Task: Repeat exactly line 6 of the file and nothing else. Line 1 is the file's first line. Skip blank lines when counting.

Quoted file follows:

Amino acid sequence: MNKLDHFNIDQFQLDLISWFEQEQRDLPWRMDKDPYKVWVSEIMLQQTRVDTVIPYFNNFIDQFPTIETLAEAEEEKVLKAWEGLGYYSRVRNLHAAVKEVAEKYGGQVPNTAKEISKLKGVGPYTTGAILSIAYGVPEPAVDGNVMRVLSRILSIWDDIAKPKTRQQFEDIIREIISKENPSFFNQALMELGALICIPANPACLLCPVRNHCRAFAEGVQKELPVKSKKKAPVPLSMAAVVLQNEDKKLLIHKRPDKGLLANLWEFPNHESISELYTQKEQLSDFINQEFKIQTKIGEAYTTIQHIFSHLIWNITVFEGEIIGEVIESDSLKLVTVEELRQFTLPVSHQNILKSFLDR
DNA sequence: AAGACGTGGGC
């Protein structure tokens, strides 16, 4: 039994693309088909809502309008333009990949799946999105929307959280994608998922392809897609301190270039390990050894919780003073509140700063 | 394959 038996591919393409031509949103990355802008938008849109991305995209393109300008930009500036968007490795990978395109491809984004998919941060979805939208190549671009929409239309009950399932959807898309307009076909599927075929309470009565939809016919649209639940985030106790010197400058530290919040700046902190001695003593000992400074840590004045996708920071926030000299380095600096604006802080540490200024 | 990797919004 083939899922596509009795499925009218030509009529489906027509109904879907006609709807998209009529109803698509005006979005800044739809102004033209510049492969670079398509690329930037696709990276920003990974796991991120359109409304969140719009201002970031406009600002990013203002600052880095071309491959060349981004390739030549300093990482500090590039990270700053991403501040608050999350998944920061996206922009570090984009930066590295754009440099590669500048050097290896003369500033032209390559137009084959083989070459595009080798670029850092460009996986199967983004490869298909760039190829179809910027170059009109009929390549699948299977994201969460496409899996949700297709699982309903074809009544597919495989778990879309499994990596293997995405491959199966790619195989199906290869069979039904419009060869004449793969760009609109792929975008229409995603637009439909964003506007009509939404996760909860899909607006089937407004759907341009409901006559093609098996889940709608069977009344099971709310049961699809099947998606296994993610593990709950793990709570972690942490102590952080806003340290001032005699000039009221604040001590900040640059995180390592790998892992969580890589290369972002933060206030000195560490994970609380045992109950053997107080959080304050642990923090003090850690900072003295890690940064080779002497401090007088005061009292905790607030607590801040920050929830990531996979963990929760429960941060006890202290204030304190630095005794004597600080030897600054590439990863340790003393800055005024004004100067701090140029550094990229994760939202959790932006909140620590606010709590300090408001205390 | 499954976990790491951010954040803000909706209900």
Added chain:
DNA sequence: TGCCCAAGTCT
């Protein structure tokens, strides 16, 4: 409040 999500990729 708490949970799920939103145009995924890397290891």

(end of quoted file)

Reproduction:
């Protein structure tokens, strides 16, 4: 409040 999500990729 708490949970799920939103145009995924890397290891």